Monitoring apoptosis in intact cells by high-resolution magic angle spinning 1 H NMR spectroscopy

Marta Wylot, David T E Whittaker, Stephen A C Wren, John H Bothwell, Leslie Hughes, Julian L Griffin* (Corresponding Author)

*Corresponding author for this work

Research output: Contribution to journalArticlepeer-review

Abstract

Apoptosis maintains an equilibrium between cell proliferation and cell death. Many diseases, including cancer, develop because of defects in apoptosis. A known metabolic marker of apoptosis is a notable increase in 1 H NMR-observable resonances associated with lipids stored in lipid droplets. However, standard one-dimensional NMR experiments allow the quantification of lipid concentration only, without providing information about physical characteristics such as the size of lipid droplets, viscosity of the cytosol, or cytoskeletal rigidity. This additional information can improve monitoring of apoptosis-based cancer treatments in intact cells and provide us with mechanistic insight into why these changes occur. In this paper, we use high-resolution magic angle spinning (HRMAS) 1 H NMR spectroscopy to monitor lipid concentrations and apparent diffusion coefficients of mobile lipid in intact cells treated with the apoptotic agents cisplatin or etoposide. We also use solution-state NMR spectroscopy to study changes in lipid profiles of organic solvent cell extracts. Both NMR techniques show an increase in the concentration of lipids but the relative changes are 10 times larger by HRMAS 1 H NMR spectroscopy. Moreover, the apparent diffusion rates of lipids in apoptotic cells measured by HRMAS 1 H NMR spectroscopy decrease significantly as compared with control cells. Slower diffusion rates of mobile lipids in apoptotic cells correlate well with the formation of larger lipid droplets as observed by microscopy. We also compared the mean lipid droplet displacement values calculated from the two methods. Both methods showed shorter displacements of lipid droplets in apoptotic cells. Our results demonstrate that the NMR-based diffusion experiments on intact cells discriminate between control and apoptotic cells. Apparent diffusion measurements in conjunction with 1 H NMR spectroscopy-derived lipid signals provide a novel means of following apoptosis in intact cells. This method could have potential application in enhancing drug discovery by monitoring drug treatments in vitro, particularly for agents that cause portioning of lipids such as apoptosis.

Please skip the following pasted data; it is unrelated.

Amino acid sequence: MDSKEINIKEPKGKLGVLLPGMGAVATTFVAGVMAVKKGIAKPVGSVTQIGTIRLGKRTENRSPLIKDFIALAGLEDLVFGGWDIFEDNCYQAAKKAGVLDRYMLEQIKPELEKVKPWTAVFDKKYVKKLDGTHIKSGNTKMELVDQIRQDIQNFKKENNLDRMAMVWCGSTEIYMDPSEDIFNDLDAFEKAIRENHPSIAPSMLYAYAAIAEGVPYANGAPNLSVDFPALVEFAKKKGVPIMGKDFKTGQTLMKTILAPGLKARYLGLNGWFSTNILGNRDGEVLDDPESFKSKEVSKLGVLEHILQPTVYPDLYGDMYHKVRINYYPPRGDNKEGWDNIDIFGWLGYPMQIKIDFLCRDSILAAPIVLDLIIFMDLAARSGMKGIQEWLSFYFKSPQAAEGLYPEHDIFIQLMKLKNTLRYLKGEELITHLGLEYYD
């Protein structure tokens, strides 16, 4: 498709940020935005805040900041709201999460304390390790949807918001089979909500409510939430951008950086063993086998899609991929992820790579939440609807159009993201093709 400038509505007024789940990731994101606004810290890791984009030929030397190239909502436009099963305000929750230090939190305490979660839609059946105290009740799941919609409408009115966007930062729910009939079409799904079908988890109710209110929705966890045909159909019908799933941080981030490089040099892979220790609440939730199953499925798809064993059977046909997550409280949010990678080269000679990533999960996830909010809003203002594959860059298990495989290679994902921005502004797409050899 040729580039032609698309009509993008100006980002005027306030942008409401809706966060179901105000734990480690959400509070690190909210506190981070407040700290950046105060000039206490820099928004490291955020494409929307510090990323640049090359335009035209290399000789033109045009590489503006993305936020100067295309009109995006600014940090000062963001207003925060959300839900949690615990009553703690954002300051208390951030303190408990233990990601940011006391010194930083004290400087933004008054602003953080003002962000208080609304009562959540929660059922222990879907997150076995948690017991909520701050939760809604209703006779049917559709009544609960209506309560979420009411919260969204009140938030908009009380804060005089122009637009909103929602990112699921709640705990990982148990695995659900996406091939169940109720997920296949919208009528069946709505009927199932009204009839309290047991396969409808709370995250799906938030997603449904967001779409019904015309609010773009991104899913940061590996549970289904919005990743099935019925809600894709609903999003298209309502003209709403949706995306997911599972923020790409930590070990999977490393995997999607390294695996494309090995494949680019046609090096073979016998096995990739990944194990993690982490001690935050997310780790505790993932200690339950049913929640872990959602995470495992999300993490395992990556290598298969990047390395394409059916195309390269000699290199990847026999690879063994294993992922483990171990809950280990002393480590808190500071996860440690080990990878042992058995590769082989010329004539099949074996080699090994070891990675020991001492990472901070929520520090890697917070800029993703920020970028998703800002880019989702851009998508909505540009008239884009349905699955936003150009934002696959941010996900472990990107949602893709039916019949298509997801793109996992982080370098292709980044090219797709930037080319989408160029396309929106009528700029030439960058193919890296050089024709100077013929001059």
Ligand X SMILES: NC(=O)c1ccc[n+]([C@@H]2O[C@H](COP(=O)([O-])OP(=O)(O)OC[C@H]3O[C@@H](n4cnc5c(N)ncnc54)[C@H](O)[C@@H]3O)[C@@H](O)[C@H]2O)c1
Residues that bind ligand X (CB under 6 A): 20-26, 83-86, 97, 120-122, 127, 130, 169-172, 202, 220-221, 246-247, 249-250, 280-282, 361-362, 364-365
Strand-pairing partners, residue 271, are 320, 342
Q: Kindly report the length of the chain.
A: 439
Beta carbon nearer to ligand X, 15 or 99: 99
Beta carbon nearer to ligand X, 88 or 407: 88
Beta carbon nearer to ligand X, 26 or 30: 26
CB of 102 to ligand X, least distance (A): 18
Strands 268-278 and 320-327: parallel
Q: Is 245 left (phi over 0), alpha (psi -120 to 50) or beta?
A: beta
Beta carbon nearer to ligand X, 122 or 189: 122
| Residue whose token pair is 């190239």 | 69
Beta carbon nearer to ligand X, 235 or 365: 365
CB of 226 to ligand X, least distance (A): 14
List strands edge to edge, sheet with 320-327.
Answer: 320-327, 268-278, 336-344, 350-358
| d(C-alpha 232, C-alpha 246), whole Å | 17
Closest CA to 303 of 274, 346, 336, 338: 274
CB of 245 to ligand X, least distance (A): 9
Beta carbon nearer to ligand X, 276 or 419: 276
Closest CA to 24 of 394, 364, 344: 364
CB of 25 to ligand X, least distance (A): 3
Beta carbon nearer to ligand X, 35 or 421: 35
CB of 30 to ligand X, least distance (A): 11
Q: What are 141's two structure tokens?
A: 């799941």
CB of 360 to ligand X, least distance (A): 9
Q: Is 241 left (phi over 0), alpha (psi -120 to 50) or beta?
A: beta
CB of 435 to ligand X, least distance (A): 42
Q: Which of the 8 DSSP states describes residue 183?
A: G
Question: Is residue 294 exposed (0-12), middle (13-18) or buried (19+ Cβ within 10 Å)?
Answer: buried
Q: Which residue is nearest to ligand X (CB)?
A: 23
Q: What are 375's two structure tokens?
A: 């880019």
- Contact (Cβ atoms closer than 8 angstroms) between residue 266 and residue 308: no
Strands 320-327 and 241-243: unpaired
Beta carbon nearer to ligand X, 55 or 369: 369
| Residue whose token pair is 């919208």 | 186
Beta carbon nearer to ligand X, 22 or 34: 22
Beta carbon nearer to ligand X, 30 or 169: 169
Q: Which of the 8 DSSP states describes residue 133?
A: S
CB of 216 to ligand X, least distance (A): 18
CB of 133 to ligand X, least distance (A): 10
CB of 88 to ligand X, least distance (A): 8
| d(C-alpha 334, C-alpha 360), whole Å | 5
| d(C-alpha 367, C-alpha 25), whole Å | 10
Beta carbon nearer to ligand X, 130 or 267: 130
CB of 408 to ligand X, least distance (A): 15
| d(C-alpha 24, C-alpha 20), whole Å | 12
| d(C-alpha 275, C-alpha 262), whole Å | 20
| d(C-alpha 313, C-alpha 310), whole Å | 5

Original languageEnglish
Article numbere4456
Number of pages14
JournalNMR in Biomedicine
Volume34
Issue number3
Early online date4 Jan 2021
DOIs
Publication statusPublished - Mar 2021

Keywords

  • applications
  • biophysical mechanisms of MR diffusion
  • cancer
  • cancer therapy responses
  • cellsand biofluids
  • diffusion methods
  • methods and engineering

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